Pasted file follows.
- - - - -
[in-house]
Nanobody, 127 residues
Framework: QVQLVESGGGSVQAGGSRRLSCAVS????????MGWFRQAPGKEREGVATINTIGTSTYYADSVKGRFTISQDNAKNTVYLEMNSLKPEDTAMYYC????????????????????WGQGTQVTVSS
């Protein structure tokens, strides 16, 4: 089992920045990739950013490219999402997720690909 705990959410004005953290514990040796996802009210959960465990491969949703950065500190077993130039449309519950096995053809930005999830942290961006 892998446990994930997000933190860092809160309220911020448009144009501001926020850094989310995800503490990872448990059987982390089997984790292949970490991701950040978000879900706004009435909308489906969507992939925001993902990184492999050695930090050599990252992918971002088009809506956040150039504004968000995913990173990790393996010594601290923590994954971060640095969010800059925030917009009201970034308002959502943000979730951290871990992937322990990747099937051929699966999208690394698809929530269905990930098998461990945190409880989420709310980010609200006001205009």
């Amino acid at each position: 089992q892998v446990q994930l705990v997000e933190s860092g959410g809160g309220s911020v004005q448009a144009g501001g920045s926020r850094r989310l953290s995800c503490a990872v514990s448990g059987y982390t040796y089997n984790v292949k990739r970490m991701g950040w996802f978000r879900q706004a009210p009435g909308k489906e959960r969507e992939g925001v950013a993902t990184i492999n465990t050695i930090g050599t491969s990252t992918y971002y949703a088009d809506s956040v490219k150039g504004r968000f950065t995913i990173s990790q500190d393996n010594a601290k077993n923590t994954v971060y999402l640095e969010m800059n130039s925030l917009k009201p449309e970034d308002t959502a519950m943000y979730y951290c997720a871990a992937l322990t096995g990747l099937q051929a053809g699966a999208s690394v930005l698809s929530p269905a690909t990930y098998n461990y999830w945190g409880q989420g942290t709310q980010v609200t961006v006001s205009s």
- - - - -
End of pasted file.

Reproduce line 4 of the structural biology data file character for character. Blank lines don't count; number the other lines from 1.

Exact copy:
């Protein structure tokens, strides 16, 4: 089992920045990739950013490219999402997720690909 705990959410004005953290514990040796996802009210959960465990491969949703950065500190077993130039449309519950096995053809930005999830942290961006 892998446990994930997000933190860092809160309220911020448009144009501001926020850094989310995800503490990872448990059987982390089997984790292949970490991701950040978000879900706004009435909308489906969507992939925001993902990184492999050695930090050599990252992918971002088009809506956040150039504004968000995913990173990790393996010594601290923590994954971060640095969010800059925030917009009201970034308002959502943000979730951290871990992937322990990747099937051929699966999208690394698809929530269905990930098998461990945190409880989420709310980010609200006001205009």